Jury be­gins de­lib­er­at­ing mo­lesta­tion charges against Cosby.

If con­victed, he may spend rest of life in jail


NORRISTOWN, PA. | The jury at Bill Cosby’s trial be­gan de­lib­er­at­ing Mon­day over whether he drugged and mo­lested a woman more than a decade ago in a case that has al­ready helped de­mol­ish the 79-year-old co­me­dian’s good-guy im­age.

A con­vic­tion could send Mr. Cosby to prison for the rest of his life, com­plet­ing the stun­ning late-life down­fall of one of the most beloved stars in show busi­ness.

The fast-mov­ing case went to the jury of seven men and five women on Day 6 of the trial af­ter clos­ing ar­gu­ments gave dif­fer­ing por­tray­als of what hap­pened be­tween Mr. Cosby and An­drea Con­stand at his sub­ur­ban Philadel­phia es­tate.

De­fense at­tor­ney Brian McMona­gle told the jury that Mr. Cosby and Ms. Con­stand were lovers who had en­joyed se­cret “ro­man­tic in­ter­ludes” and that the 2004 en­counter was con­sen­sual. Mr. McMona­gle said that while the co­me­dian had been un­faith­ful to his wife, he didn’t com­mit a crime.

Pros­e­cu­tors coun­tered by say­ing “fancy lawyer­ing” can’t save Mr. Cosby from his own words — namely, his ad­mis­sion about grop­ing Ms. Con­stand af­ter giv­ing her pills he knew could put her to sleep.

“Drug­ging some­body and putting them in a po­si­tion where you can do what you want with them is not ro­man­tic. It’s crim­i­nal,” Dis­trict At­tor­ney Kevin Steele said.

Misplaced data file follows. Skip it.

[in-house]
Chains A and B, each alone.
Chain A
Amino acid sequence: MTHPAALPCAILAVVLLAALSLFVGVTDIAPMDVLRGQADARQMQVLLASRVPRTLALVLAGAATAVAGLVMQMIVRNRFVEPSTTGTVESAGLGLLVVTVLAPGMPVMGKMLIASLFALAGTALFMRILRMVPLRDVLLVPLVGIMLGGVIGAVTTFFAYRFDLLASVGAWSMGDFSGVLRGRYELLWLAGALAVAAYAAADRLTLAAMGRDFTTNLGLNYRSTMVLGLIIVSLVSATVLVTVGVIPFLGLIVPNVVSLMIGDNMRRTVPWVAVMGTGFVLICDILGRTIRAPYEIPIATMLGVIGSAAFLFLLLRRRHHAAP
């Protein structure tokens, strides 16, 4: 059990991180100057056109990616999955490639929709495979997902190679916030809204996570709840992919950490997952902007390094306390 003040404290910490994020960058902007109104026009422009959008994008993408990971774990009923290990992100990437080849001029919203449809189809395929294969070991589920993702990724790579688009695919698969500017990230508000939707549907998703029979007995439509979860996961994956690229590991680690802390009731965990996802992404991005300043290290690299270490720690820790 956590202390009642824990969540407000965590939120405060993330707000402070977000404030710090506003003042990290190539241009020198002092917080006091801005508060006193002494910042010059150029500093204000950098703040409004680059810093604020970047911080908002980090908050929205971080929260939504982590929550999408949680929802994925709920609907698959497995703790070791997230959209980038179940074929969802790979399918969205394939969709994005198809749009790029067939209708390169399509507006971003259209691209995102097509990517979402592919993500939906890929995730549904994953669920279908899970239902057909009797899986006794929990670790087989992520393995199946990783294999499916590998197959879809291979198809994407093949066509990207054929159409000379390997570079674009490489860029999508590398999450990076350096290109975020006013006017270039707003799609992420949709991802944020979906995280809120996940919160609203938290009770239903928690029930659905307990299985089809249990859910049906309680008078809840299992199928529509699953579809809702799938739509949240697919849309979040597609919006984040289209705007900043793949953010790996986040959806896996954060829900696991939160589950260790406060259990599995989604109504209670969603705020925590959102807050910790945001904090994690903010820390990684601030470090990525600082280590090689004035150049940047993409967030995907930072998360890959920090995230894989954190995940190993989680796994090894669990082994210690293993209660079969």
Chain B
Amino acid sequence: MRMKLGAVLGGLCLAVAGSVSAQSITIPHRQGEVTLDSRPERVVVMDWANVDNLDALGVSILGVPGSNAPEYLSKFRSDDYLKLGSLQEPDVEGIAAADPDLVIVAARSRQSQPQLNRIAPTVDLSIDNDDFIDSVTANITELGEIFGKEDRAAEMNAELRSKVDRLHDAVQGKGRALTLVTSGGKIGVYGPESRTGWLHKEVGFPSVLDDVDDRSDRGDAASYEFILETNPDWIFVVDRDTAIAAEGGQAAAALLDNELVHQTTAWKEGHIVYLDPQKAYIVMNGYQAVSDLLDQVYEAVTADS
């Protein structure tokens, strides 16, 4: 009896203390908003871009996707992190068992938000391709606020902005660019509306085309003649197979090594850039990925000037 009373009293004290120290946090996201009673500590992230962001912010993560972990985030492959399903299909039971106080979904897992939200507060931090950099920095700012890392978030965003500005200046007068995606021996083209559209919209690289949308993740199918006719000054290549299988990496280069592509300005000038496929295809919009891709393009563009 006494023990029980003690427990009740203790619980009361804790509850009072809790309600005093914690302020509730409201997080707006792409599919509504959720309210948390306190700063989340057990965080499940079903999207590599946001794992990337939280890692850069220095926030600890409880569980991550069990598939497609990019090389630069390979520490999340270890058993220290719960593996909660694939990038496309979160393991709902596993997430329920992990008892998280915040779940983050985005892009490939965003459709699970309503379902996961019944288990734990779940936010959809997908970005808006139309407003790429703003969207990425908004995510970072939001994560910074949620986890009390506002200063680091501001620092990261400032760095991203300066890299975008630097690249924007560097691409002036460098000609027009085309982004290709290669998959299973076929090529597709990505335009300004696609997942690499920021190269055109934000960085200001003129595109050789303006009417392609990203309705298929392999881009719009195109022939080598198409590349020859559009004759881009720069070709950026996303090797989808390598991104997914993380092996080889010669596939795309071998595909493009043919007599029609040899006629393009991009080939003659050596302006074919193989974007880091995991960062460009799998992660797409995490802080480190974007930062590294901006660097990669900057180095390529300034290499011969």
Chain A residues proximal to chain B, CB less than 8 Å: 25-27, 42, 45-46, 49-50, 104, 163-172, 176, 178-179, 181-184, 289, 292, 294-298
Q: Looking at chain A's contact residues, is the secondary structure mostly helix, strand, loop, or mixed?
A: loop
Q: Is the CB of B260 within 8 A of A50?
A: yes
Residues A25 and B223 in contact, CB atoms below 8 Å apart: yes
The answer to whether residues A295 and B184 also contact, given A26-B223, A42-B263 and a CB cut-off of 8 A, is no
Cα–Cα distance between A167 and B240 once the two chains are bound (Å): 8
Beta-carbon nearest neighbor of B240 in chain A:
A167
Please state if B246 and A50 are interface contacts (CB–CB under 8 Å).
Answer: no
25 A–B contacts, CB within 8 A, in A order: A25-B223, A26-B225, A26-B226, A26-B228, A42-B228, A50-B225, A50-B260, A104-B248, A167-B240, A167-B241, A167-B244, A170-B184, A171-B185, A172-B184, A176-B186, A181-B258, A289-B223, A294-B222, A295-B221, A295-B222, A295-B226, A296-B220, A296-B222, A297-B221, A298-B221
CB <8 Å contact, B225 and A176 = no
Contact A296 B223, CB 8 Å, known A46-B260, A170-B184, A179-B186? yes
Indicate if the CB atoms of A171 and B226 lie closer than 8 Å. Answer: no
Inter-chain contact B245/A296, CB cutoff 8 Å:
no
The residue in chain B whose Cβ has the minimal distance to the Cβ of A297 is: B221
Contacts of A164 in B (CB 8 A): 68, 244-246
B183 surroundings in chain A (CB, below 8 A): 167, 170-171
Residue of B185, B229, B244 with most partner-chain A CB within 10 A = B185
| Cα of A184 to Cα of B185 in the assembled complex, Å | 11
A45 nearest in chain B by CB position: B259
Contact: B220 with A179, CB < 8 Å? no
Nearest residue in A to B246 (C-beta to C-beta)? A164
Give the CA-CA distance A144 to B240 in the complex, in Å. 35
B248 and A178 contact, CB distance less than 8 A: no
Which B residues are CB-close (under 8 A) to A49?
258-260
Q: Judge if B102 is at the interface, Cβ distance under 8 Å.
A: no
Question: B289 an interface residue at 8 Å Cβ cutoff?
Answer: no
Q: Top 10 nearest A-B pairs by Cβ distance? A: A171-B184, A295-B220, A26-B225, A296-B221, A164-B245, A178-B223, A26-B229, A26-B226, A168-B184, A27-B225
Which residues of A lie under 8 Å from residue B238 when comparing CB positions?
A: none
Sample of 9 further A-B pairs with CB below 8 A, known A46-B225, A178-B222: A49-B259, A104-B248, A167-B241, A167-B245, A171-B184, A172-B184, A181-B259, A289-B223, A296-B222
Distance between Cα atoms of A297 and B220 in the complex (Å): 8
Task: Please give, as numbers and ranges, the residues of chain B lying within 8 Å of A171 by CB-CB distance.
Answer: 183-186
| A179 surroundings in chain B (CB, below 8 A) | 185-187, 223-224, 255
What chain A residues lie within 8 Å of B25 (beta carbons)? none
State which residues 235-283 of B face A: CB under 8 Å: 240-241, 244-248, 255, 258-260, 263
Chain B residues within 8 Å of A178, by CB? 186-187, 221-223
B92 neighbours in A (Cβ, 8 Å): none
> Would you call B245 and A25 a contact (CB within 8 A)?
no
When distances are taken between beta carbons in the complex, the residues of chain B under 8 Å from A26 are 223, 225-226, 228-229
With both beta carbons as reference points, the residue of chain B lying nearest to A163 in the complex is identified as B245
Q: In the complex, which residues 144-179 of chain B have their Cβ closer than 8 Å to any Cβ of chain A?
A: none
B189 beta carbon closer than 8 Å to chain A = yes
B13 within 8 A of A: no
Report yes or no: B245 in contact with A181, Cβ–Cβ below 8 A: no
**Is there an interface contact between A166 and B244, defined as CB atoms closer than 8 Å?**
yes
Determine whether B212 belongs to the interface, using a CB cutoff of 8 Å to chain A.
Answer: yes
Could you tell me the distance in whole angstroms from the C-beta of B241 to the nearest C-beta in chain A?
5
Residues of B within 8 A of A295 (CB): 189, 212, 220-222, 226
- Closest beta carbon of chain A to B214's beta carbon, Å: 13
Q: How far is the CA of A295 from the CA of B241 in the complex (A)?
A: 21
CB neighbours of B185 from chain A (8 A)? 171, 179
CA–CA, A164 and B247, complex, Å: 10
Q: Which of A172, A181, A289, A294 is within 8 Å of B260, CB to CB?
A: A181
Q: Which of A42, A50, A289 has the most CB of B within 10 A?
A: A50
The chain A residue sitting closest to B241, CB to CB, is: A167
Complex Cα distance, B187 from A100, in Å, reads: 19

Ju­rors got the case around 5:30 p.m., de­lib­er­ated for about 90 min­utes be­fore or­der­ing din­ner, and then asked to see a por­tion of Mr. Cosby’s decade­old tes­ti­mony from a civil suit filed against him by Ms. Con­stand.

Ju­rors told the judge that they wanted to hear the “full con­text” of Mr. Cosby’s tes­ti­mony about the pills he gave to Ms. Con­stand, which he had de­scribed to her as “friends.”

“I have three friends for you to make you re­lax,” Mr. Cosby said he told Ms. Con­stand, ac­cord­ing to a de­po­si­tion tran­script reread to the jury Mon­day night.

Af­ter the pros­e­cu­tion took five days to out­line its side, the de­fense case con­sisted of just one wit­ness, a de­tec­tive, and six min­utes of tes­ti­mony Mon­day. Mr. Cosby did not take the stand, end­ing days of sus­pense over whether the jury would hear di­rectly from him.

Le­gal ex­perts said tes­ti­fy­ing would have been a risky move that could have opened the TV star to with­er­ing cross-ex­am­i­na­tion about some of the 60 or so other women who have ac­cused him of drug­ging or mo­lest­ing them.

He is charged with three counts of ag­gra­vated in­de­cent as­sault, each one pun­ish­able by up to 10 years be­hind bars.

The black co­me­dian once known as Amer­ica’s Dad for his por­trayal of kindly Dr. Cliff Huxtable on “The Cosby Show” sug­gested re­cently that race could have played a role in the case against him. The jury in­cluded two black mem­bers.

Mr. McMona­gle, in his clos­ing ar­gu­ment, tried to sow doubt about Ms. Con­stand’s story, say­ing it had evolved dur­ing her in­ter­views with po­lice. He also pointed out that Ms. Con­stand tele­phoned Mr. Cosby dozens of times af­ter the al­leged as­sault. Ms. Con­stand told the jury she was merely re­turn­ing his calls about the women’s bas­ket­ball squad at Tem­ple Uni­ver­sity, where she was di­rec­tor of team op­er­a­tions and he was a mem­ber of the board of trustees.

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